Rule No. 1 from the luxury hotel managers who collected at the Watergate last night: The more famous the guest, the easier the handling.

"It's only people who are newly arrived," said the Watergate's Nicholas Salgo, meaning economic status as opposed to check-in time, "who are difficult."

An undifficult Houston guest: The duke of Windsor.

"He was really a down-to-earth guy," recalled Gerald de Schrenck Sill of the Warwick in Houston, "not like Wally, his wife. One time the duchess walked in my office and said she wanted to give a dinner for Dr. [Michael] De Bakey. So we went through the whole thing, from the selection of wines to the pheasant under glass, the smoked salmon, caviar, the whole schmiel.

"Then the duke, at about 8 p.m., right before the dinner, pulled me aside and said, 'I know Wally gave you a hard time with this dinner -- but could I have a medium-rare hamburger?'"

Which was just one story of many floating through a cocktail reception room at the Watergate's Terrace Restaurant last night. There, managers in the Preferred Hotels Association sipped wine and politely cackled at the end of a day of meetings about advertising, budgets, toll-free reservation numbers and other things which are different stories entirely.

The association is an exclusive group of privately owned hotels, whose managers get together like this twice a year. Their common ground, they say, is luxury. And judging from a party slide presentation that announced in no casual way that "Preferred Hotels are not for everybody ," these hotels also share a fervent belief in a way of life that has all but vanished except from the very few.

Their attention to detail is painstaking, and, to the casual observer, a bit amusing. Preferred Hotels absolutely have to have bar soap longer than 2 1/2 inches across. There are evening turn-downs of the beds. "A must ," decreed Watergate president Gabor Olah-de-Garab.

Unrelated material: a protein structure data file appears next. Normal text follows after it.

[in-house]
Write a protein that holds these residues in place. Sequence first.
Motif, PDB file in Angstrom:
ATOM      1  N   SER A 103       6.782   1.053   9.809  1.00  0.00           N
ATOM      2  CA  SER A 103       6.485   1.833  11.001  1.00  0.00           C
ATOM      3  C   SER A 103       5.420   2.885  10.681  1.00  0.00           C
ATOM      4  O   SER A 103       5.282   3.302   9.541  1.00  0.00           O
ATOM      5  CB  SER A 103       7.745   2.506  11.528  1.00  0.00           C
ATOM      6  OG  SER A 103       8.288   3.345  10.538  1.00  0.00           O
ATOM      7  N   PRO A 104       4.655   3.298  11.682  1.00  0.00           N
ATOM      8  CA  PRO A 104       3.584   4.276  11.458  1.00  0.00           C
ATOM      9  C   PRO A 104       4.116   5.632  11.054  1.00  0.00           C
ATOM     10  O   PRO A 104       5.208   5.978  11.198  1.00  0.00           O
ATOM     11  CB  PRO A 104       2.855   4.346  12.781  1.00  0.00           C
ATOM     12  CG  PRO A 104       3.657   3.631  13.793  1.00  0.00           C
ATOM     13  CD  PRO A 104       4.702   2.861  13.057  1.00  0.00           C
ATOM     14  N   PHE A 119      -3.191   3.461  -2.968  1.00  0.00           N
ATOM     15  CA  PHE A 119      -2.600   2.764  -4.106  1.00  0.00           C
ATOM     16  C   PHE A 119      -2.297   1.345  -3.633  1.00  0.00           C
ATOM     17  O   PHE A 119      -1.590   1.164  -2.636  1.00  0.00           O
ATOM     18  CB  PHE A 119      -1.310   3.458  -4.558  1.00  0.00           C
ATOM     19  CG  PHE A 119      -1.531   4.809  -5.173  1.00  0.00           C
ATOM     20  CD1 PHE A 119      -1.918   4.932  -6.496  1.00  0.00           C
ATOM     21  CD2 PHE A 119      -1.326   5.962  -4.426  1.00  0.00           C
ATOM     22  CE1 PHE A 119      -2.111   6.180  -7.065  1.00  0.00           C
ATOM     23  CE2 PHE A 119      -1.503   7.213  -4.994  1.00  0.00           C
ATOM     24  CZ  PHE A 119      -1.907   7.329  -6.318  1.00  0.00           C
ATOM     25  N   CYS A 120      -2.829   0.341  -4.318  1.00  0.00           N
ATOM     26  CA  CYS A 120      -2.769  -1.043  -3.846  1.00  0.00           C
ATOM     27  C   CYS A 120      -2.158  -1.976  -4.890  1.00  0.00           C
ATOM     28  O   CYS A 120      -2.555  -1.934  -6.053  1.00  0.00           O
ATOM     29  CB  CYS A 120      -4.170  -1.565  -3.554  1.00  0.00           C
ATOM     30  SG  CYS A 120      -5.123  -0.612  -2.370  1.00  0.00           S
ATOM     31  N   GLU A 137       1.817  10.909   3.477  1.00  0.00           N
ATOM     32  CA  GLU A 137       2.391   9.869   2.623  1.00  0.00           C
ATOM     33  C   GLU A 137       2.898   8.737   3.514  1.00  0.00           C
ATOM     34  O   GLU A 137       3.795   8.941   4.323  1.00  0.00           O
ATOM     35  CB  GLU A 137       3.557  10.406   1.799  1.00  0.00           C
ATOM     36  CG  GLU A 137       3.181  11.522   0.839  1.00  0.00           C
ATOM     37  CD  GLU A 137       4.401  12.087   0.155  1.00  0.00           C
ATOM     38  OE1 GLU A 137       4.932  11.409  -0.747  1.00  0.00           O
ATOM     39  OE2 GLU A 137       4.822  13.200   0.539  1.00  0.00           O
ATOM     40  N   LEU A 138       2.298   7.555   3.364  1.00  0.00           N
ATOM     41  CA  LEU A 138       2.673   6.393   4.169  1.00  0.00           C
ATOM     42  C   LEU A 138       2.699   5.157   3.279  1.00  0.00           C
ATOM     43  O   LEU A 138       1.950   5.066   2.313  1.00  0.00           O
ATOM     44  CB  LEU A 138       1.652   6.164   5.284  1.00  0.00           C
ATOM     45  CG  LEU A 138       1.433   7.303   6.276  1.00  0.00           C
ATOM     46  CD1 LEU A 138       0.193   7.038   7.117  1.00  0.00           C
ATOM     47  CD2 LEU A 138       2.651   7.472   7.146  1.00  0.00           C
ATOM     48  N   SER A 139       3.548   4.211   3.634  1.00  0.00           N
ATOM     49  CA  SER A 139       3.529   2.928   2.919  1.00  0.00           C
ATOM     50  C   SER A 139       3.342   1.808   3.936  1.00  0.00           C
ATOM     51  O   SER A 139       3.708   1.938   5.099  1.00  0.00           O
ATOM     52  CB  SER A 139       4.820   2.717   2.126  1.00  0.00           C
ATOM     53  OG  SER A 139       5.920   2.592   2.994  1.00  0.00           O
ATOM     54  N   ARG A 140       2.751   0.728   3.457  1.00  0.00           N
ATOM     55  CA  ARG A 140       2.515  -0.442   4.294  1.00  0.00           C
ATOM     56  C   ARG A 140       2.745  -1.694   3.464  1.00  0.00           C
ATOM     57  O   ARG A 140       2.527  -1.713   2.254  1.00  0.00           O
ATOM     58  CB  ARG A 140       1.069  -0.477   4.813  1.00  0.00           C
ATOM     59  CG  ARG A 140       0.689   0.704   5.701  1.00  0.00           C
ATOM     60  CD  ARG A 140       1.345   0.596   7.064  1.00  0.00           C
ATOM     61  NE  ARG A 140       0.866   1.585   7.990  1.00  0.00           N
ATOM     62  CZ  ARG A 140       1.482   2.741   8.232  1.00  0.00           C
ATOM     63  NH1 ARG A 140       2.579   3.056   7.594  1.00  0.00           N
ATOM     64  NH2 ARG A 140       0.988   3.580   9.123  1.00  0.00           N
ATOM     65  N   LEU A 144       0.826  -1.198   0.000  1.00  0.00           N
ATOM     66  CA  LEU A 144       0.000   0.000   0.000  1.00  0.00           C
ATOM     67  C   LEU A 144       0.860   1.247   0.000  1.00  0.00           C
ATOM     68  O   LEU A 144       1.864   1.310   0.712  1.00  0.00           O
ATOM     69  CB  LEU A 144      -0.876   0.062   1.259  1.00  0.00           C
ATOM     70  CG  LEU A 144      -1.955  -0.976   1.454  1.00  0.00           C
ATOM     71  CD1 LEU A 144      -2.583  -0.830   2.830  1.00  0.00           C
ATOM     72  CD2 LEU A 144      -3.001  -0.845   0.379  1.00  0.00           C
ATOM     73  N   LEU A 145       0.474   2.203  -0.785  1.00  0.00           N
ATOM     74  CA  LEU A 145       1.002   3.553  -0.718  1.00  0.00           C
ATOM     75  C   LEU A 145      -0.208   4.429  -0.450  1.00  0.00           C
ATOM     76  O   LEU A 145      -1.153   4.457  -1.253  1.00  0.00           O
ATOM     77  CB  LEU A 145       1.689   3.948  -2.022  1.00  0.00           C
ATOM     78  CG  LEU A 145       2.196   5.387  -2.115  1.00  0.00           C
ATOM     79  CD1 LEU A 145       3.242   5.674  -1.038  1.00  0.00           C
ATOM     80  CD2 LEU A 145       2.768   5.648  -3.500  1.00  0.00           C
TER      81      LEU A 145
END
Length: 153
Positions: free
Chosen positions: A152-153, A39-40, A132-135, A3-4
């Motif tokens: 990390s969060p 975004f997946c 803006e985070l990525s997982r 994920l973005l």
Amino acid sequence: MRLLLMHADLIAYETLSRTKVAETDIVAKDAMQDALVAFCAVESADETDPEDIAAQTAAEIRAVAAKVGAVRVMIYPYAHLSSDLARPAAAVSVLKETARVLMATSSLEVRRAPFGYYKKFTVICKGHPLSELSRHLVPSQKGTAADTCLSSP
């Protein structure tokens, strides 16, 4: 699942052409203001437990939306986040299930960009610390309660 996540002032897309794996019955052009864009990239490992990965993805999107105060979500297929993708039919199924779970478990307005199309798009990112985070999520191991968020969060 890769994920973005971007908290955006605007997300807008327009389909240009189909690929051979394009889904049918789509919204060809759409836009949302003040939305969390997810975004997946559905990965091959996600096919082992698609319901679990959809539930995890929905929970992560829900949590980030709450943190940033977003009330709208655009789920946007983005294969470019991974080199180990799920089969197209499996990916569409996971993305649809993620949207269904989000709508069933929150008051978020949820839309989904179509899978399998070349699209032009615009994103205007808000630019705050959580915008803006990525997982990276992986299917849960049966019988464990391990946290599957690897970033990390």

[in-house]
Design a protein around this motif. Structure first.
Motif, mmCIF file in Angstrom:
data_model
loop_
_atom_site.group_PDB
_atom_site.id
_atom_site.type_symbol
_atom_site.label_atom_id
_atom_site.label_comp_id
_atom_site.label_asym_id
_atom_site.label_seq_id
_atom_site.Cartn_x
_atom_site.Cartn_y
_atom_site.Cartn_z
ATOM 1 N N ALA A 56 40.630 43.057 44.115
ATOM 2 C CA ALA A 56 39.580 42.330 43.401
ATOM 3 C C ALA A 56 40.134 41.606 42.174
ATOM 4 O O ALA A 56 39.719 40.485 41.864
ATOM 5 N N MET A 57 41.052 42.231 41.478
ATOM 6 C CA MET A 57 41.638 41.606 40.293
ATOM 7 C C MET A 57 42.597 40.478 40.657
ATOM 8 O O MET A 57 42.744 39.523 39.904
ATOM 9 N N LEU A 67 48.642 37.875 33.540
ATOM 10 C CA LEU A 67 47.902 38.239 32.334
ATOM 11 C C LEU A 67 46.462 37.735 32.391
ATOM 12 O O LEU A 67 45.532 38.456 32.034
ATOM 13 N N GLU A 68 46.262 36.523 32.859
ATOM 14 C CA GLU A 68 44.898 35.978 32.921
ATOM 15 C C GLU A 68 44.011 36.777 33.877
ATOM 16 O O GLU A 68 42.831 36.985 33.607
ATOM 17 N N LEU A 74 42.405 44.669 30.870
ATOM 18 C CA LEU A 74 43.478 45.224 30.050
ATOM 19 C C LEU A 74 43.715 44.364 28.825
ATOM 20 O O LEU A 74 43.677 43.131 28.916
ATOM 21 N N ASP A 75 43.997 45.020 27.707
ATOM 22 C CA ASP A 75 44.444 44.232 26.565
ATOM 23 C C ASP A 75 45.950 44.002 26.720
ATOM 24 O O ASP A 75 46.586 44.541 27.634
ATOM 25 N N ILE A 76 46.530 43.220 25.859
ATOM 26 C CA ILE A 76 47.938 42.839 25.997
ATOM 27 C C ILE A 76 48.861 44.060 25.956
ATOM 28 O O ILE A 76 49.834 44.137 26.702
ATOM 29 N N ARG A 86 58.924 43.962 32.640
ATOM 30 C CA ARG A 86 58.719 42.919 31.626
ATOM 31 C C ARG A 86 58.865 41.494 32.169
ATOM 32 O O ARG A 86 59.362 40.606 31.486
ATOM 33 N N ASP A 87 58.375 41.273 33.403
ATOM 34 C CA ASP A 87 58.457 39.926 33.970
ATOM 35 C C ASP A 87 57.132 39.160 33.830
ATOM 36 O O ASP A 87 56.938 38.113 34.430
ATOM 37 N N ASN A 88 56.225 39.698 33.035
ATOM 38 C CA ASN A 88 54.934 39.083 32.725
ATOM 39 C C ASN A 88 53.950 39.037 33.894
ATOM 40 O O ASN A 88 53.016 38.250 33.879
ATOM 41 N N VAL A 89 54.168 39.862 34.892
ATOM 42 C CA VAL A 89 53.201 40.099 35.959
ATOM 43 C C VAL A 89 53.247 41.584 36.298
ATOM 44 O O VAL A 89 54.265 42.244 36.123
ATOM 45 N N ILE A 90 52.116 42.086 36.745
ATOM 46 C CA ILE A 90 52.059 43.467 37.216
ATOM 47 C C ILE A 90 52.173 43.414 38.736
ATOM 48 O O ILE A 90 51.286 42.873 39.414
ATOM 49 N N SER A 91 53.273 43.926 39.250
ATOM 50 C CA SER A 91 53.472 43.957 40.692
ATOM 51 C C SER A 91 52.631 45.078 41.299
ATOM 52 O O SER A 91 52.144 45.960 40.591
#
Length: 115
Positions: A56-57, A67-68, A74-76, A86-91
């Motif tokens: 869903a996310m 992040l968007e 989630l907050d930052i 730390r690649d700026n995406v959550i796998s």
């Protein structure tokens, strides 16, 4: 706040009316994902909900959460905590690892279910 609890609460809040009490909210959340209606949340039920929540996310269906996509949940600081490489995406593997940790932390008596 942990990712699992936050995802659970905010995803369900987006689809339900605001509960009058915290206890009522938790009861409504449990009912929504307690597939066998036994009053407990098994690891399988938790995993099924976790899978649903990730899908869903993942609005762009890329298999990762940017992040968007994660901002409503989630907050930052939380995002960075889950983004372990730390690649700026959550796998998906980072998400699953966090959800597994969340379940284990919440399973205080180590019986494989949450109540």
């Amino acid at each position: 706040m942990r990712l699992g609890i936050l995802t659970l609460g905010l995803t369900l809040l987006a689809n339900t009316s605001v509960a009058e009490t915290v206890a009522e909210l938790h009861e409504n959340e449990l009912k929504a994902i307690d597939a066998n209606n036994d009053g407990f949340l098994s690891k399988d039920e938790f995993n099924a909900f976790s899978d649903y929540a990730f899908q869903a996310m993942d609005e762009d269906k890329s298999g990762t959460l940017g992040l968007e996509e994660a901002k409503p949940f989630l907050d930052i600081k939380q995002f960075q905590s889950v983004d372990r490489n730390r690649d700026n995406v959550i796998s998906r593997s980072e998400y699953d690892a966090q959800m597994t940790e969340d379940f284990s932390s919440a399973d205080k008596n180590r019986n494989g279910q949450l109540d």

And at the Brenner's Park Hotel in Baden-Bden, West Germany, they even poke around in your closet to see if you need any bottons sewed on your shirt. Shine your shoes, too.

Another easy hotel guest: Jimmy Carter.

"At the tail end of the campaign he came to Houston," said Sill of the Warwick. "And I had my chef prepare him something special. When the president came, I asked him if he would like to have dinner, and he said 'No, I just want an apple and to go to bed.'

"The poor chef worked himself to death," sighed Sill. "It was snapper, stuffed with crabmeat and shrimp."

There are 44 hotels in the association -- three in Asia, 15 in Europe and 26 in the United States and Canada. The Embassy Row and the Watergate are the Preferred Hotels in Washinton. There are none in New York. But in Los Angeles, there's the Beverly Wilshire, in Denver the Brown Palace, in Detroit the Pontchartrain, and in Pittsburgh, the William Penn.

Which brings up another hotel guest: opera star Luciano Pavarotti.

"He's standing there in his room," recalled Thomas Lannen of the William Penn, "and I'm talking to him and he looks around and he says, 'Where's the piano?' And I says, 'Piano?' Nobody asked for a piano.'

"And so I call the Steinway people, and they say it'll take two weeks. So then I called Baldwin, and told them what we wanted, and they had it across town and in his room -- in 23 minutes.'"